Tax voluntary behavior, create a fund for "good things," and punish those who engage in behavior you don't like.

Some industry observers rank Mexico as the 10th most important foreign market for American films. And since Mexican filmgoers are "addicted" to American films, well, then, by all means, let's put a stop to this!

According to this congresswoman (by the way, a former actress), movies behave differently from other import/export commodities, whether oranges or migrant labor. Movies create images, enhance self-esteem, are an important cultural treasure, blah, blah, blah.

One of the Mexican congresswoman's supporters is Salma Hayek, a Mexican actress who earns a living in America! Got that? This Mexican actress comes to America, where she earns a good living in films, but supports a measure to punish the profits of the very American films in which she appears. Why doesn't she stay home and try to make a go of it there? Said Hayek, "Most of us ... have dreams of going back and doing some quality stuff down there. It doesn't mean we'll quit our day jobs here." Oh.

According to "Uncle" Rob, Proposition 10 creates up to $700 million for child development programs, justifying the measure because kids are "impressionable." You know, the children, the children. But we can't have children suffering through all the negative influences of movies. After all, these "impressionable" kids will see violence, unprotected sex and, horrors, cigarette smoking! Tax these films; save our kids!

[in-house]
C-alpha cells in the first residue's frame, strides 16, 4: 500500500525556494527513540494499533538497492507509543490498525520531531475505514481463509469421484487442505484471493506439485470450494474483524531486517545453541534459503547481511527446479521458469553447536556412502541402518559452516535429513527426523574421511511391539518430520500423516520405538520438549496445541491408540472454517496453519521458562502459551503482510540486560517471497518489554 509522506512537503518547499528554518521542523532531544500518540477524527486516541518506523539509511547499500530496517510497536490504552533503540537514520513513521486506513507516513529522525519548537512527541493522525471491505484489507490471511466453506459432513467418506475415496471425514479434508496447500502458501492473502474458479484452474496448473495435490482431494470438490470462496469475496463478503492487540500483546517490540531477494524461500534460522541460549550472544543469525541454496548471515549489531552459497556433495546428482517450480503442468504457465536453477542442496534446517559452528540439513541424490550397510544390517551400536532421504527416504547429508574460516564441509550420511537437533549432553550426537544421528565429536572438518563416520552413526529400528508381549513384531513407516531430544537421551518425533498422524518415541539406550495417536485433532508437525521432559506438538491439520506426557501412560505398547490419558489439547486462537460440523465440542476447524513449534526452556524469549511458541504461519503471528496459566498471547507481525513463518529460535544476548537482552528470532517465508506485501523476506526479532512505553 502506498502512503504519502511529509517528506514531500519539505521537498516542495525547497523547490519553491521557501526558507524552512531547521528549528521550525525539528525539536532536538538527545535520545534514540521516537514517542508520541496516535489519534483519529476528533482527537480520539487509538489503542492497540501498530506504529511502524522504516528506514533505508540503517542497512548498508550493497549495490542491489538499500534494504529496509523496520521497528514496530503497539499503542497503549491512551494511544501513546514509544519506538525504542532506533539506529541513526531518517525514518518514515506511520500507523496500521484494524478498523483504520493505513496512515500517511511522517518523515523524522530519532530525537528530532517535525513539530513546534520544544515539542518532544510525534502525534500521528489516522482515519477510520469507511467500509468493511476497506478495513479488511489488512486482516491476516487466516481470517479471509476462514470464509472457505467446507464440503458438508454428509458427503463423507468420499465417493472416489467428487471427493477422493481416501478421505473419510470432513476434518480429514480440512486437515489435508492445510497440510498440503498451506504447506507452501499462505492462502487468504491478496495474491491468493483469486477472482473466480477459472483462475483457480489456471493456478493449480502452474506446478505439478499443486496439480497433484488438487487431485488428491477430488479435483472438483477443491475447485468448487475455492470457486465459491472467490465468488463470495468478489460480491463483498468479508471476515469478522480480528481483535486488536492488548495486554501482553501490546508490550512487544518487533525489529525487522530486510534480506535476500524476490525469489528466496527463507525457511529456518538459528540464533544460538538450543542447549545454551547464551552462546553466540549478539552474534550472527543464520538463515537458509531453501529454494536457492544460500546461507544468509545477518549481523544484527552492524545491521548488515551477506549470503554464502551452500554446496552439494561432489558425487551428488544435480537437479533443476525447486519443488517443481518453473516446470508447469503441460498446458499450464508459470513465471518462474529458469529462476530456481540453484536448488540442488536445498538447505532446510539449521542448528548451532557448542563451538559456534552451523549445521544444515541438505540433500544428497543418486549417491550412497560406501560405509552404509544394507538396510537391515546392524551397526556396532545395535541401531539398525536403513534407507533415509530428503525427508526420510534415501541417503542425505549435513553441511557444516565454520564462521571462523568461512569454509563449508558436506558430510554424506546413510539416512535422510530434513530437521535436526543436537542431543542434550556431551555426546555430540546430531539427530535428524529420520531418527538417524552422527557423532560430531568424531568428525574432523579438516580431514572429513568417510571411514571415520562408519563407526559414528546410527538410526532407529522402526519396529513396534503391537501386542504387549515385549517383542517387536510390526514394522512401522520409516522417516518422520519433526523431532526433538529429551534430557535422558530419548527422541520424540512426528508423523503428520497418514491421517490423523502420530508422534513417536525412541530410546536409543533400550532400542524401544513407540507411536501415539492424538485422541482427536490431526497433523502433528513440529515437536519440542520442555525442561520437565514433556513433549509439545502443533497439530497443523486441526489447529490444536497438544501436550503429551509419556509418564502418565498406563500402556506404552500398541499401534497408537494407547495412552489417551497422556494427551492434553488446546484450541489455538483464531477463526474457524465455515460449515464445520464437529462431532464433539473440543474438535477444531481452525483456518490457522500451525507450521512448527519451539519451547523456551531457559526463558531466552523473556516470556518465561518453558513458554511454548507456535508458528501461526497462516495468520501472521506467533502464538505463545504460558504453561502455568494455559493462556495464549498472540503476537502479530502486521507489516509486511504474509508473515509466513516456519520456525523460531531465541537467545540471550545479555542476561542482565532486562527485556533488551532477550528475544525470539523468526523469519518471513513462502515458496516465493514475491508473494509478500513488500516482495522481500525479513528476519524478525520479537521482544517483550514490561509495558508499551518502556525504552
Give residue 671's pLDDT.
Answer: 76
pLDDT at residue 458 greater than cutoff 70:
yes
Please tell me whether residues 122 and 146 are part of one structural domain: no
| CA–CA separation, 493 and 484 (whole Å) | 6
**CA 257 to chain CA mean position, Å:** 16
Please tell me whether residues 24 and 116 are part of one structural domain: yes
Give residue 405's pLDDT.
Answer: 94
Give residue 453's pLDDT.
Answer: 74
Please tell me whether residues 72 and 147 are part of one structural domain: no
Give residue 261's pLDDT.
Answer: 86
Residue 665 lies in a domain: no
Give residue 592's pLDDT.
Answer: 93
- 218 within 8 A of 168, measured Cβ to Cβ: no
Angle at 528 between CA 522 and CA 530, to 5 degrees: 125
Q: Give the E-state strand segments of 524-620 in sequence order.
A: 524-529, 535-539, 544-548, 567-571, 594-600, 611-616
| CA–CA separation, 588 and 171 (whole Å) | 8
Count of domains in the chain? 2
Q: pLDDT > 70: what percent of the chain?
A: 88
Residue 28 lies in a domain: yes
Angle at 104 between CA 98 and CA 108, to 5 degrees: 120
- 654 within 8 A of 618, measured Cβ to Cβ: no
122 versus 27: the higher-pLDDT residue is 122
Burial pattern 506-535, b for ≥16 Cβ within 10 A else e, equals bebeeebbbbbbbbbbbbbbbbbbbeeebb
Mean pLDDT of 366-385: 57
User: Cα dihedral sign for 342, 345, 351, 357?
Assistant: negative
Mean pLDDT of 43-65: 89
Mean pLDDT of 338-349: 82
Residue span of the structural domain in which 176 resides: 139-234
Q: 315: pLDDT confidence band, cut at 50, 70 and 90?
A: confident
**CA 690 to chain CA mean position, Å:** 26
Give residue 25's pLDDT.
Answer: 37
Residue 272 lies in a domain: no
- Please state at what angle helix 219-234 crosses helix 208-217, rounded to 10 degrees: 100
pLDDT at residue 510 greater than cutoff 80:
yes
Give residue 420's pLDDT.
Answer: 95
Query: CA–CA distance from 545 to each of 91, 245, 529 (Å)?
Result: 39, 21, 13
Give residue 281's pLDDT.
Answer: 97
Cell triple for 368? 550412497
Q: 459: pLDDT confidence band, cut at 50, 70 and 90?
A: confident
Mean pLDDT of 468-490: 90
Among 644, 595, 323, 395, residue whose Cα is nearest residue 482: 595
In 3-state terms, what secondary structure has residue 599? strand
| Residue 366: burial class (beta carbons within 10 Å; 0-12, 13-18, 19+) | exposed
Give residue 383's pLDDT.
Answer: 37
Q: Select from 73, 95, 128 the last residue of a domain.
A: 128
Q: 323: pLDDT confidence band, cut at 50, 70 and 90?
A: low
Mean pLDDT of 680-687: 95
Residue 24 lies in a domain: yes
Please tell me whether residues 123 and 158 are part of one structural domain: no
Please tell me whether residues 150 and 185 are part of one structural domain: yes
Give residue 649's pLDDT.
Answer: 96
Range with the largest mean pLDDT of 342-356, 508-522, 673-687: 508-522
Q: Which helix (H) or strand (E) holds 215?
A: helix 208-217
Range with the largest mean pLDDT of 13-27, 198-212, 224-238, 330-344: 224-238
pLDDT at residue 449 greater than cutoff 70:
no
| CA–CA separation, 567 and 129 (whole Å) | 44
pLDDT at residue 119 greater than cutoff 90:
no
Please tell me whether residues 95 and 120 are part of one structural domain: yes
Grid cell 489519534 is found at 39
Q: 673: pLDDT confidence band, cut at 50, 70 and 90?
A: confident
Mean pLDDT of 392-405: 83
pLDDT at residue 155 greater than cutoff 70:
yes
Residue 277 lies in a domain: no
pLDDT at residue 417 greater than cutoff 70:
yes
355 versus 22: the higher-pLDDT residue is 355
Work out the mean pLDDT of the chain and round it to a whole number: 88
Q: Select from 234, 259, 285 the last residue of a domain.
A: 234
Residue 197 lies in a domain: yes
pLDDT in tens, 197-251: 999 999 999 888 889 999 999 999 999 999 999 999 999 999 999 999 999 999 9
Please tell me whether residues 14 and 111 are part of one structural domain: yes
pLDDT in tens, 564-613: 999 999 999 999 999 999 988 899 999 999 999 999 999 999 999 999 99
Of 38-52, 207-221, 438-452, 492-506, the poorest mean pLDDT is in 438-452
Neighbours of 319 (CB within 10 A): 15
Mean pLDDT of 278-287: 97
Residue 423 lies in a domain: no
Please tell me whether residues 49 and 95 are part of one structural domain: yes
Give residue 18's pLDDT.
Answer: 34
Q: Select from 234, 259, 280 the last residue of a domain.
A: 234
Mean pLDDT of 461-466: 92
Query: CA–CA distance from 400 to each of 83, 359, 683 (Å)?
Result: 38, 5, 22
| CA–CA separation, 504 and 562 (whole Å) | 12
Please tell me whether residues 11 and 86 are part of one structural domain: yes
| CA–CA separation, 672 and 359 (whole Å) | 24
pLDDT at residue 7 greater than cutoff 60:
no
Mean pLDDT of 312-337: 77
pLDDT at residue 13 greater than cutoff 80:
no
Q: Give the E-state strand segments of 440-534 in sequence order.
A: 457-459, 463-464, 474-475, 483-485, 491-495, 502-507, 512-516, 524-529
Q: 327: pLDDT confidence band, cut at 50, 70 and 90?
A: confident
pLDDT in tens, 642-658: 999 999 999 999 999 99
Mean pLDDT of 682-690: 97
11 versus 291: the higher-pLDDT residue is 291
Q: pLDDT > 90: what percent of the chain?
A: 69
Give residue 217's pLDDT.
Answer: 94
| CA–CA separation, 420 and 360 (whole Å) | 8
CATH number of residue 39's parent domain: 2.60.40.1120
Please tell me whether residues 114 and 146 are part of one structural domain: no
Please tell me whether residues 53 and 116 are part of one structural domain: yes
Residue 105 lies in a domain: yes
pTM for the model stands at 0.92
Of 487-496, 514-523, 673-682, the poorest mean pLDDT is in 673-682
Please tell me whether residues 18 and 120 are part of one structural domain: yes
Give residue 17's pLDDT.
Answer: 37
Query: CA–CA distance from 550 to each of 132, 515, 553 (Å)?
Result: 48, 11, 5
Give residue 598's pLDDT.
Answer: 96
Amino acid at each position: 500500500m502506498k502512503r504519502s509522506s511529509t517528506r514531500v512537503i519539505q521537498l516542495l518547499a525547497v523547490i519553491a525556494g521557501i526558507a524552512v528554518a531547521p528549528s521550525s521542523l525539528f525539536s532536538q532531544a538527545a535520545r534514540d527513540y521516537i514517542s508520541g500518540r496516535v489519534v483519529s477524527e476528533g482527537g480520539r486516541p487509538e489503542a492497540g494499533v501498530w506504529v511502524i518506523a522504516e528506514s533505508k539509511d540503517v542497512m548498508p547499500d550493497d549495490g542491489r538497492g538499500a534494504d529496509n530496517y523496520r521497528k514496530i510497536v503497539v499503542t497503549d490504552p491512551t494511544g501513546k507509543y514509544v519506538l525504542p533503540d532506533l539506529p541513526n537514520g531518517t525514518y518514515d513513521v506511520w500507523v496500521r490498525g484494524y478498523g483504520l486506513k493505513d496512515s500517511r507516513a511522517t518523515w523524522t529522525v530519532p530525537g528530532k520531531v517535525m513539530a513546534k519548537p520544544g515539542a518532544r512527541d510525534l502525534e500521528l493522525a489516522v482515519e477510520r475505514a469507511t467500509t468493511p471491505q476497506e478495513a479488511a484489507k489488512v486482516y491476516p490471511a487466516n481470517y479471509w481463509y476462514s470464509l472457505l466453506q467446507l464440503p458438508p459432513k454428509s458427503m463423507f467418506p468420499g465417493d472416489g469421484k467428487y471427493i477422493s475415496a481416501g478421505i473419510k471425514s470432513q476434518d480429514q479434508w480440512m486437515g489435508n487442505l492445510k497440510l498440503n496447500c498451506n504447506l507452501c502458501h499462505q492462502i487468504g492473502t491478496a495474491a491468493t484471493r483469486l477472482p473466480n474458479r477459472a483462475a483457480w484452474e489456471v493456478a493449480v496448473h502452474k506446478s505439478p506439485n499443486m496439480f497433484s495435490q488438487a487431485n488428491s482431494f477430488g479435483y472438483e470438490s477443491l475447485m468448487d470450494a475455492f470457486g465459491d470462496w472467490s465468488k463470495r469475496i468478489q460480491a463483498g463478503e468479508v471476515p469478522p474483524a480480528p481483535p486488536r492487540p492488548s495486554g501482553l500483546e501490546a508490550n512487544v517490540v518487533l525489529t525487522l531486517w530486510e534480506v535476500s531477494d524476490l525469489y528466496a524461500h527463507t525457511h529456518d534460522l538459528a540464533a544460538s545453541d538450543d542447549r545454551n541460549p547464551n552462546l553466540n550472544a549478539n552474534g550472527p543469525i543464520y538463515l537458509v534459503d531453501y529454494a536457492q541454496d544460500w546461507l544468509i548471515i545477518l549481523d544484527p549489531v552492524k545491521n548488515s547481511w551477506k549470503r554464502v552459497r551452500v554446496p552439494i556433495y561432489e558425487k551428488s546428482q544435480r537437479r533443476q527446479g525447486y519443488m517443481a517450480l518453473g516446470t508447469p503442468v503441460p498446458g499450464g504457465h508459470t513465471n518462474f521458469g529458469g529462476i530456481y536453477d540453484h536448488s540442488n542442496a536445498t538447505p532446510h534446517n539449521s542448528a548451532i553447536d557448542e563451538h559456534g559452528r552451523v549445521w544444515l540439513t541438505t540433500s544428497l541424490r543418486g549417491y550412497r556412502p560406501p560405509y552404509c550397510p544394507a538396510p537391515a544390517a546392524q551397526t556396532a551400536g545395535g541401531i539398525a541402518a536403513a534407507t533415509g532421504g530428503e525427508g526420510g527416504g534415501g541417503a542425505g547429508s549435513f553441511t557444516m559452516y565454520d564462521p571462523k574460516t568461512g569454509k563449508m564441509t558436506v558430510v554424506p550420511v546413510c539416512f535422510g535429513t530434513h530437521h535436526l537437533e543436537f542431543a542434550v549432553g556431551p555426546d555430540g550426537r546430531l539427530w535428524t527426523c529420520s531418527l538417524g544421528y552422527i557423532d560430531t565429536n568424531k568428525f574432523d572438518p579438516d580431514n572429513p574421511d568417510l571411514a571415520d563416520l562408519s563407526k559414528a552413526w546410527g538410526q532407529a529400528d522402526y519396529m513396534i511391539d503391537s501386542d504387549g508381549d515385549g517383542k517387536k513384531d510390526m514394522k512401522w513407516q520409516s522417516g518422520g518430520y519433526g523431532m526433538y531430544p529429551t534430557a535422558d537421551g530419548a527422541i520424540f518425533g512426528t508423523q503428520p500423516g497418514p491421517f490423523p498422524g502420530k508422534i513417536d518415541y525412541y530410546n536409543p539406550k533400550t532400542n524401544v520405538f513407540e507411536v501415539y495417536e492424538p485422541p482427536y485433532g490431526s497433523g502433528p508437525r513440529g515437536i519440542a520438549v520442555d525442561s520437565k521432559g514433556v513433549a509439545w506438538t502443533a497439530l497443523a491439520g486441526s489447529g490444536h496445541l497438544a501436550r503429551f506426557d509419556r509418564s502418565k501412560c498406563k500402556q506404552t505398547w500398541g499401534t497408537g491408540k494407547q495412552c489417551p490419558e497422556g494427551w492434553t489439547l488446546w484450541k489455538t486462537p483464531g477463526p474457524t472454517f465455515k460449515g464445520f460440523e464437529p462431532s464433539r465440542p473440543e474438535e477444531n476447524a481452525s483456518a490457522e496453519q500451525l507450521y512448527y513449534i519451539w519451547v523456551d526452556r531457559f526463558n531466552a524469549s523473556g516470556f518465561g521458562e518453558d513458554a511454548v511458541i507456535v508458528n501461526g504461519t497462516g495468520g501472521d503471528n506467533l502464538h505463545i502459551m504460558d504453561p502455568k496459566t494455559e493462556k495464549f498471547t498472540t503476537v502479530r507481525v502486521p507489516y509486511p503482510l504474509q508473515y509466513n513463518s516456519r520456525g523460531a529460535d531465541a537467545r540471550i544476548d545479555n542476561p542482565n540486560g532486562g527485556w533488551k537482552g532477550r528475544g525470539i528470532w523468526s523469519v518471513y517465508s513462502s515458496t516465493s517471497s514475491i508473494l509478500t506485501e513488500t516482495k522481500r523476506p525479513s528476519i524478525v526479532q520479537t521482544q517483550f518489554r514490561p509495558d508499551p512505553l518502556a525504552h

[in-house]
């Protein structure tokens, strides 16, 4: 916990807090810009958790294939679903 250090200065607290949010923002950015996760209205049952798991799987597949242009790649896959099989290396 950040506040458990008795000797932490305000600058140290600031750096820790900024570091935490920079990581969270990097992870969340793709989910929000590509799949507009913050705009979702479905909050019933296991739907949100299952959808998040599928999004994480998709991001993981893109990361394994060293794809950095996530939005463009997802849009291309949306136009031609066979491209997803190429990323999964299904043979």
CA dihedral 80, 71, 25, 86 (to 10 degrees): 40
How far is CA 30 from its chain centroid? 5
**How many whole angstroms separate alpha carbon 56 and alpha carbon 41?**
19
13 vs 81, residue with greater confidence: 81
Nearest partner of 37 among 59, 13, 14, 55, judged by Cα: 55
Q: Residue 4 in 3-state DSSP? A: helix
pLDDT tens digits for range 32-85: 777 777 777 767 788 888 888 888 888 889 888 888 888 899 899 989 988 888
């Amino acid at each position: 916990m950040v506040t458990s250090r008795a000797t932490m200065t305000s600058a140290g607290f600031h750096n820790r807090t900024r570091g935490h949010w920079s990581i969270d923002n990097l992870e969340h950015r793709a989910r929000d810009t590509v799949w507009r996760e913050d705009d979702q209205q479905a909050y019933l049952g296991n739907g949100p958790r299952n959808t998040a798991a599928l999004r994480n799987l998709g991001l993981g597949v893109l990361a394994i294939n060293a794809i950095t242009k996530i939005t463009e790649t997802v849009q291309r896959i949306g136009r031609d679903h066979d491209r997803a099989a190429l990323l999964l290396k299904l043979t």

How about one tax if a supporting actor smokes. Another tax if the bad guy sneaks a puff. And house arrest for the director should the good guy whip out a pack.

Of course, there's still that nasty little problem about socking it to the poor. A couple of burgers and a movie remain the quintessential cheap date. So the "smoking-in-the-movies" tax figures to hurt the poor more than the rest. But relax -- it is, after all, for "the children."


11/30/98:Ken Starr and the vast left-wing conspiracy
11/19/98: Will the real hypocrite stand up!?
11/13/98: The Clinton 400
10/23/98: My evening with Chris Rock
10/15/98: Slavery is not funny
10/02/98: Clinton --- friend of the working woman
9/28/98: George Washington vs. the Grand Jury
9/18/98: It's the perjury, stupid
9/14/98: The "Larry List" of the most fascinating women in politics
9/07/98: Why blacks shouldn't support Clinton
8/27/98:The Brown bomber strikes Justice Thomas
8/21/98:So very clintonesque
8/17/98: Gary Coleman, hate criminal?
8/07/98: How much mea culpa?
7/24/98: ATM Al?
7/24/98: Advising the advisors
7/17/98: Camille Cosby's carelessness
7/9/98: Moses mugged
7/2/98: Al Campanis -- forever a racist?
6/25/98: And you thought "coke" was worse than smokes
6/19/98: Is Jasper ‘America'?
6/12/98: Guess who's not coming to dinner
6/5/98: What now, NOW?
5/29/98:What's next, ‘burger busters'?
5/21/98: 'Stuff' happens
5/18/98: This just in
5/11/98: Stepping up
4/30/98: Who's faking whom?
4/16/98:To spank or not to spank

©1998, Laurence A. Elder